Lastly, if you would like to create a custom launcher to sit on your desktop, add to your program menu, or add to Unity or a dock, follow the instructions below. They are a bit more advanced than the instructions above. Note that you may wish to use a GUI text editor that is already installed on your system instead of mousepad. In general, gedit and leafpad are both great, simple text editors. You can install them with sudo apt-get install gedit or sudo apt-get install leafpad.
NOTE: Step 2 uses a bash script to open gnoetry. The only reason for this is that I could find no other way to create a command for a launcher (see Step 3 below) which opened gnoetry directly, and I could never get the run-gnoetry.sh script which comes with Gnoetry to open correctly from a launcher. Telling the launcher to run my simple script is a convenient workaround.
I’ve tried to make this work in Ubuntu (which uses the Unity desktop), but have become too frustrated. I recommend you use Xubuntu (Ubuntu running the XFCE desktop instead of Unity) generally at this point if you want to run gnoetry.
1. Create a directory to store a script to launch the application
From the terminal, enter the following command.
2. Create the launch-gnoetry.sh in the new directory
The above command will create the new file and open it in an editor. Paste this text into the editor, making sure to replace [username] in the third line of text with your username. [For example, my username on my system is user, so my home directory is /home/user, and I would enter bash /home/user/.local/share/applications/launch-gnoetry.sh into the Command line below.] When your are done, save the file:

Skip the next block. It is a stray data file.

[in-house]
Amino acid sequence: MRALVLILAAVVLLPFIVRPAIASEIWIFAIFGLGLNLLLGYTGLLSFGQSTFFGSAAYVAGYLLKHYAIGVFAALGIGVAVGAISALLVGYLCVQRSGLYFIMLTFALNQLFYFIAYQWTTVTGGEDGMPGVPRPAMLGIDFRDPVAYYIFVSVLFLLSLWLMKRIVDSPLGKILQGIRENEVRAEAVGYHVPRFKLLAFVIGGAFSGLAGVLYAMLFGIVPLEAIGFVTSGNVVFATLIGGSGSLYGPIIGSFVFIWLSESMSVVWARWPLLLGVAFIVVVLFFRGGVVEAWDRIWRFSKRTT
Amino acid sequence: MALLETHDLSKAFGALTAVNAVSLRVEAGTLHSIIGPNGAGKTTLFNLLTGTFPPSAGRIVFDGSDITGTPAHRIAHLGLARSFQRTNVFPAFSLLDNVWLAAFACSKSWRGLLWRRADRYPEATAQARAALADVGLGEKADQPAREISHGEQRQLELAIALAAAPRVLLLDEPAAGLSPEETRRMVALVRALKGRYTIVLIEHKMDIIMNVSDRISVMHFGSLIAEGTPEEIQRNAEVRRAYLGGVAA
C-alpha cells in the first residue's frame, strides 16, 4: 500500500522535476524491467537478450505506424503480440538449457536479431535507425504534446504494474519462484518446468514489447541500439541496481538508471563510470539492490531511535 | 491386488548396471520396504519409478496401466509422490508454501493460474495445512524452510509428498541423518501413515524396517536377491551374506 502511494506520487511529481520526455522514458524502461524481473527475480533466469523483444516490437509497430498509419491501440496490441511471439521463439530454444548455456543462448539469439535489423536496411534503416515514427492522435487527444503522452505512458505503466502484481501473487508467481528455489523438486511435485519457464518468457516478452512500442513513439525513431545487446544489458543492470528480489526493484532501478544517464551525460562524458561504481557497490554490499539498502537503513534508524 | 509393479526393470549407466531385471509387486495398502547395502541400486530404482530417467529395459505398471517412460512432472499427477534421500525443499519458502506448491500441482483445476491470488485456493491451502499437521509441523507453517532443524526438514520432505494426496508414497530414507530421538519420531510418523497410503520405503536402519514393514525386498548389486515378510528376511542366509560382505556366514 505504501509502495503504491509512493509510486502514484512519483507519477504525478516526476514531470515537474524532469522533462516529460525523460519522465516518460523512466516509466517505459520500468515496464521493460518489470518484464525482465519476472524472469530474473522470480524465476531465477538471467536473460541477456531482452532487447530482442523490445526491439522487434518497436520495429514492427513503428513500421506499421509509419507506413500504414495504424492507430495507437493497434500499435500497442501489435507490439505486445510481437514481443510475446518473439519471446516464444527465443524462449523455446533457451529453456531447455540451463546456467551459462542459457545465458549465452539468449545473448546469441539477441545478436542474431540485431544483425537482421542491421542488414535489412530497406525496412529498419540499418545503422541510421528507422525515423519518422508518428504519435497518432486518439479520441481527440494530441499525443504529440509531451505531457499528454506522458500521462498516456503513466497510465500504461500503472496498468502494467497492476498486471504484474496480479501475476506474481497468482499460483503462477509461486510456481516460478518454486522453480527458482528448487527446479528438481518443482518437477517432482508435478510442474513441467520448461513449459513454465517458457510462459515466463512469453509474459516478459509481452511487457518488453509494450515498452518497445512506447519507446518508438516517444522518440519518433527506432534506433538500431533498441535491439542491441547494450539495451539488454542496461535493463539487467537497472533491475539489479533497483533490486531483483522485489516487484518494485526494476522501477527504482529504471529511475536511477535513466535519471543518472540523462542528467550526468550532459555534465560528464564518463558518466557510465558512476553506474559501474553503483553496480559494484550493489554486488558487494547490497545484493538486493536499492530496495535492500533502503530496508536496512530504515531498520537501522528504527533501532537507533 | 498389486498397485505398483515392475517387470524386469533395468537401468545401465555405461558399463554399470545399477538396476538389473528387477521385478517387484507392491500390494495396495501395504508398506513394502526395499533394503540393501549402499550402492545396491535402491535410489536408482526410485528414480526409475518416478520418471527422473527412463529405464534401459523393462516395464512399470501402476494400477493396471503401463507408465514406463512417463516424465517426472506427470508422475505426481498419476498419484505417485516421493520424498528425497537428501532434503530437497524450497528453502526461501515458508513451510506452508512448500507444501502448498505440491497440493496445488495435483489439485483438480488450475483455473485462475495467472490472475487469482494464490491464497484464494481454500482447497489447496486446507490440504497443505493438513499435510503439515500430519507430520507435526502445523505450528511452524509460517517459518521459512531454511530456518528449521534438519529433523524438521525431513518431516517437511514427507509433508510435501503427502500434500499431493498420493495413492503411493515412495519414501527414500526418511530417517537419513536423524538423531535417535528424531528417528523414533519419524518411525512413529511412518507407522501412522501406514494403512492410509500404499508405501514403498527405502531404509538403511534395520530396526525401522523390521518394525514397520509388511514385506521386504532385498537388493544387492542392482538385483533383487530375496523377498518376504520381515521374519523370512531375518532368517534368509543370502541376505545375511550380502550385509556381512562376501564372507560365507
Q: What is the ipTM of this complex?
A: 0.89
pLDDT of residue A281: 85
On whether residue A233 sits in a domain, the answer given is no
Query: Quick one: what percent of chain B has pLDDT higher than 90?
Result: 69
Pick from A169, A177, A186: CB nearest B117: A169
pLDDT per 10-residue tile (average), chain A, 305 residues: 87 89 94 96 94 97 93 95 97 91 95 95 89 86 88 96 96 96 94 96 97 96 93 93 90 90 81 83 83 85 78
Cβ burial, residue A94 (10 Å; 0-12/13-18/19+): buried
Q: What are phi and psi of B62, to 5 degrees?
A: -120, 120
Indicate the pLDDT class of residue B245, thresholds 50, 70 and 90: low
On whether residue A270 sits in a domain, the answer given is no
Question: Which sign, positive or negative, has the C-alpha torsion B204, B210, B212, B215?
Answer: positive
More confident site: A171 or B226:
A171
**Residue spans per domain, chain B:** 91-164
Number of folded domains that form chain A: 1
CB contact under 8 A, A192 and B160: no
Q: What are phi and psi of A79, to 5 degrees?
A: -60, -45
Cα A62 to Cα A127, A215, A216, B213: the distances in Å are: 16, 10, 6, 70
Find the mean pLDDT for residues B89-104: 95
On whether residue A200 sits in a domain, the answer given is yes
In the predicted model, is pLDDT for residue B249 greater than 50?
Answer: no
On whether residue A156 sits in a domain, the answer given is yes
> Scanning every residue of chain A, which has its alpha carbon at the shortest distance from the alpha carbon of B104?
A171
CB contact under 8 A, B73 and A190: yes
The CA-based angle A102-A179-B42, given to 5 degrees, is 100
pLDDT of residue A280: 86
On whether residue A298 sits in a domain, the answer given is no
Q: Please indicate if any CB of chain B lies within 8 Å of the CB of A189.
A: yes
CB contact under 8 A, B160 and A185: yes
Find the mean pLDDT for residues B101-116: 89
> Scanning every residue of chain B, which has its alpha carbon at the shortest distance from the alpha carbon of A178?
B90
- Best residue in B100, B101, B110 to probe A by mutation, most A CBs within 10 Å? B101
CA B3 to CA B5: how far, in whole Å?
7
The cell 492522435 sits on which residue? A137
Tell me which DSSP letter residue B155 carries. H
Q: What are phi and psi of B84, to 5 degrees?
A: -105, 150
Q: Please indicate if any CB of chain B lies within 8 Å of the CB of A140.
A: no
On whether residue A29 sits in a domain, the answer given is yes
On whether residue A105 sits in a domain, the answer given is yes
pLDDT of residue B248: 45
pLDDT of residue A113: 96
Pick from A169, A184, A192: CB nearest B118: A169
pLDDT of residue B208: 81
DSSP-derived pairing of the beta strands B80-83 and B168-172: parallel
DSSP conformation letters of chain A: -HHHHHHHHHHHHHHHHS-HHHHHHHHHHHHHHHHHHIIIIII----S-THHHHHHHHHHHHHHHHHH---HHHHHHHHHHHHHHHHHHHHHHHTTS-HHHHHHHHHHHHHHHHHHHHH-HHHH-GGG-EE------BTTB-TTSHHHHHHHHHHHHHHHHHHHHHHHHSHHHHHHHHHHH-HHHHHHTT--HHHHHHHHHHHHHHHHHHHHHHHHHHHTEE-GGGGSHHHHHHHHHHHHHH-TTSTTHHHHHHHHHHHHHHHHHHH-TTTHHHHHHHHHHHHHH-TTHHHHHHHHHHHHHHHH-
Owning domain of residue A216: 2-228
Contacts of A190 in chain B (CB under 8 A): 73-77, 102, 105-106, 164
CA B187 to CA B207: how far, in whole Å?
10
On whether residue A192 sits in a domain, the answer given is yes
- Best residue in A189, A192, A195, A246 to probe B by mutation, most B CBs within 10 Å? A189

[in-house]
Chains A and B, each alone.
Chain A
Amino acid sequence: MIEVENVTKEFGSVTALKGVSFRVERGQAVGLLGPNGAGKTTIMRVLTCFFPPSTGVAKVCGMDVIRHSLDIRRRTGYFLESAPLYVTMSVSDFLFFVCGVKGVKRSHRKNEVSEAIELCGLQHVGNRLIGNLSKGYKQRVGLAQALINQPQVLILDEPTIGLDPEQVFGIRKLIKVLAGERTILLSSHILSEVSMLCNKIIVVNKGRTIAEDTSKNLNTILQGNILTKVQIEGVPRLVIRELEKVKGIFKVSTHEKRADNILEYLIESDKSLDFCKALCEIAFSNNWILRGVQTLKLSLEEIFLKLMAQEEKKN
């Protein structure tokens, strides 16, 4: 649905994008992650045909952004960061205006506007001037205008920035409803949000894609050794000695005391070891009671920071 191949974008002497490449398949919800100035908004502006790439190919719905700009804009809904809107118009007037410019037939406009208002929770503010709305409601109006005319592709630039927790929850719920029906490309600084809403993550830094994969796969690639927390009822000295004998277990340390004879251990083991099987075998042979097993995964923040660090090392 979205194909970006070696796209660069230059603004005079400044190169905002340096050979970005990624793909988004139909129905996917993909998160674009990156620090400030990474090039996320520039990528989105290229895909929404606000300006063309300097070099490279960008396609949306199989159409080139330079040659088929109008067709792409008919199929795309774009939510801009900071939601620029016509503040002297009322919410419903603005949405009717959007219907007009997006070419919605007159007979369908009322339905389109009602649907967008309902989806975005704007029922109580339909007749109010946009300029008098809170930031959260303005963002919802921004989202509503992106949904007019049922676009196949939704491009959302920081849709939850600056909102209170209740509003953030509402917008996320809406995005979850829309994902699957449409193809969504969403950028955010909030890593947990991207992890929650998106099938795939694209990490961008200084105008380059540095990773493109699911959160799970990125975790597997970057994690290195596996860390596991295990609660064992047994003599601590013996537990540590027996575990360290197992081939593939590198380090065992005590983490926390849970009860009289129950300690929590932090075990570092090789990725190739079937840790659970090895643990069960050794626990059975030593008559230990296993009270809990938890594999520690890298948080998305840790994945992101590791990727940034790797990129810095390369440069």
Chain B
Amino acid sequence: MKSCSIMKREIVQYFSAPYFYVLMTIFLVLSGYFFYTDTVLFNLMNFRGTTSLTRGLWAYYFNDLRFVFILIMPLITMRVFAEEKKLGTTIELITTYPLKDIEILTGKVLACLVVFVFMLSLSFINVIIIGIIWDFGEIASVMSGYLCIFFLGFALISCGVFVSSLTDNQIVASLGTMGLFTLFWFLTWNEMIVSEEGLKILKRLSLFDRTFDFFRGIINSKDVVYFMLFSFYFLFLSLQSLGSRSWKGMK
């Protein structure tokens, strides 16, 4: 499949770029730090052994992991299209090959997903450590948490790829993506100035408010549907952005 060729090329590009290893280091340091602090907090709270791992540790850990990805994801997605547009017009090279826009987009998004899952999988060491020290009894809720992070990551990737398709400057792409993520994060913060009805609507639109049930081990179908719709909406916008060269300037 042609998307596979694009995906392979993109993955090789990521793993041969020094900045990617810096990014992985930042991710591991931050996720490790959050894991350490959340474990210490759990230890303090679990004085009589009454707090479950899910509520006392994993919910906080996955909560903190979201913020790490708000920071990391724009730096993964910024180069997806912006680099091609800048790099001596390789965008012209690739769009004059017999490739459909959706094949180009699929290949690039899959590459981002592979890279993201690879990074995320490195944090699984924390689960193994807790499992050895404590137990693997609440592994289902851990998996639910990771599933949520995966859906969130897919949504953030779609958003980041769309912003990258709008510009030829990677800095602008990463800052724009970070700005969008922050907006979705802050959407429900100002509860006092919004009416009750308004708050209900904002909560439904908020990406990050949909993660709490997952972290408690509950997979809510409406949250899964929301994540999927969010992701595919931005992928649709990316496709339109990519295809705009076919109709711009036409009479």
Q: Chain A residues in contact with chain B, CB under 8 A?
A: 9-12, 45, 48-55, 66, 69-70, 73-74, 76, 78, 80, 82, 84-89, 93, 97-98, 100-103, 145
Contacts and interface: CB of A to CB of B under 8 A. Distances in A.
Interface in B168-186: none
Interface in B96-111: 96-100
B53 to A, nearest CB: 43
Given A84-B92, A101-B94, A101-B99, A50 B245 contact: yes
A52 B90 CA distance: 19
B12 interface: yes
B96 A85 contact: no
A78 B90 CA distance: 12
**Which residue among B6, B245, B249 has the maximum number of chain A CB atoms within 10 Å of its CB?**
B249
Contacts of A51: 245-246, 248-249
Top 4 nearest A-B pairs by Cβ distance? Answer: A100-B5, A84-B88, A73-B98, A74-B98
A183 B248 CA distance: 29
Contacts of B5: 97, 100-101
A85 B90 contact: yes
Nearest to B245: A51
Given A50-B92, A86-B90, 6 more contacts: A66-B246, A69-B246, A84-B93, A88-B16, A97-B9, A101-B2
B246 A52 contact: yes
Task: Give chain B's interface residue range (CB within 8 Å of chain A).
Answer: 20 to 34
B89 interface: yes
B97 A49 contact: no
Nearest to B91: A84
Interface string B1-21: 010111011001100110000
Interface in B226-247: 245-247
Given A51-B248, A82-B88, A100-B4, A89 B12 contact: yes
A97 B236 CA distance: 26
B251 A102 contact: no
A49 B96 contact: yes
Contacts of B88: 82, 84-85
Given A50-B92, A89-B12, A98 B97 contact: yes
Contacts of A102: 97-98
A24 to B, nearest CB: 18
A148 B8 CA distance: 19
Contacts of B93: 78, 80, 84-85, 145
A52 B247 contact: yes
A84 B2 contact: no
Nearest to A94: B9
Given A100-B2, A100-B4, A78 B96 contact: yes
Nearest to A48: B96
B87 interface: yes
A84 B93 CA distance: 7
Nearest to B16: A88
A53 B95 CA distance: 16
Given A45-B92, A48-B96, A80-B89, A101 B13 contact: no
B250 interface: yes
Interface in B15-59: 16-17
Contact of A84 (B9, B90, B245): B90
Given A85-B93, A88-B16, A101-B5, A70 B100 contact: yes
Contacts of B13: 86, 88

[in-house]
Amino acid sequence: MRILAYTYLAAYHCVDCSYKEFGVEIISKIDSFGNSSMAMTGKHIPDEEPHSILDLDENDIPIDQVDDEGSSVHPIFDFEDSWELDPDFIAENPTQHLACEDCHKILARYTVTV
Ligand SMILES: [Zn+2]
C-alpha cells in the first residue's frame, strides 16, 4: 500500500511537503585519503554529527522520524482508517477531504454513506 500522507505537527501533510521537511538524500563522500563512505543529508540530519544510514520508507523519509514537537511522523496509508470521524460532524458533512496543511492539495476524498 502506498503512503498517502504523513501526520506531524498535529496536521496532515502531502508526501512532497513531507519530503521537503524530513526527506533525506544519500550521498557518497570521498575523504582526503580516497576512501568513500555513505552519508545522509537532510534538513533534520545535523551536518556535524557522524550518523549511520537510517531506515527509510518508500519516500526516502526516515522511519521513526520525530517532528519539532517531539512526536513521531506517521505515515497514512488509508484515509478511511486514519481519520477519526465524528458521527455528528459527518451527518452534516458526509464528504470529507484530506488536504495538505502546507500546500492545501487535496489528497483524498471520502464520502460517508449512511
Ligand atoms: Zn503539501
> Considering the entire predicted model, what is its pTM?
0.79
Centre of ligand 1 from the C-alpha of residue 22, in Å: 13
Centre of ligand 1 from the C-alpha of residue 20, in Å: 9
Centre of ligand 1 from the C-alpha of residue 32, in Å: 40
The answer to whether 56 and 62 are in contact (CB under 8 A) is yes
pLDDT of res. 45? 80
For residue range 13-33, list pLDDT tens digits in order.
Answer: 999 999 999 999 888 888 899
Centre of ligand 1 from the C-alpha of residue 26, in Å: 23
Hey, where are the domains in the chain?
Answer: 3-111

#!/bin/bash # Script for Gnoetry launcher cd /home/[username]/gnoetry/interface ./gnoetry /bin/bash
After saving the file, you may close the editor and terminal windows.
3. Make the launcher for your desktop
A. Right-click on the desktop and choose “Create new launcher.”
B. Next, input the information as shown in the image and typed below, replacing [username] with your username. [For example, my username on my system is enduser, so my home directory is /home/enduser, and I would enter bash /home/enduser/.local/share/applications/launch-gnoetry.sh into the Command line below.]
Name: Gnoetry 0.2 Comment: Human-computer poetry generation Command: bash /home/[username]/.local/share/applications/launch-gnoetry.sh
To change the icon, click on the button that says “no icon,” click on the top drop-down menu and choose the bottom option, “Image Files.” Next, navigate to your home directory (look for the little house icon next to your username in the left navigation panel), then the gnoetry directory, then the art directory. Double-click on alfred-jarry.png to set the icon.
Below is a screenshot of the new launcher’s configuration from my own installation. As noted above, be sure to use your own username and not user or [username] in the Command form field.
C. Click either “Save” or “Create” to make the launcher.
D. Right-click on the launcher, go to Properties. In the Permission tab, click to box to “Allow this file to run as a program.”
E. Double-click on the new launcher and choose “Mark Executable” when given the option. Gnoetry should now open from the desktop launcher.
NOTE: If the launcher does not work, go back and make sure that you have put your correct user name in steps 2 and 3. You can always edit the desktop launcher by right-clicking on it and selecting “Edit.” For the launch-gnoetry.sh script, the simplest way to correct it is to go through Step 2 again in the Terminal.
You should now know how to install Gnoetry 0.2 from source and create a custom launcher in Ubuntu. If you run into any problems following these instructions, please email Eric Goddard-Scovel at firstname.lastname@example.org for assistance. I will be happy to help.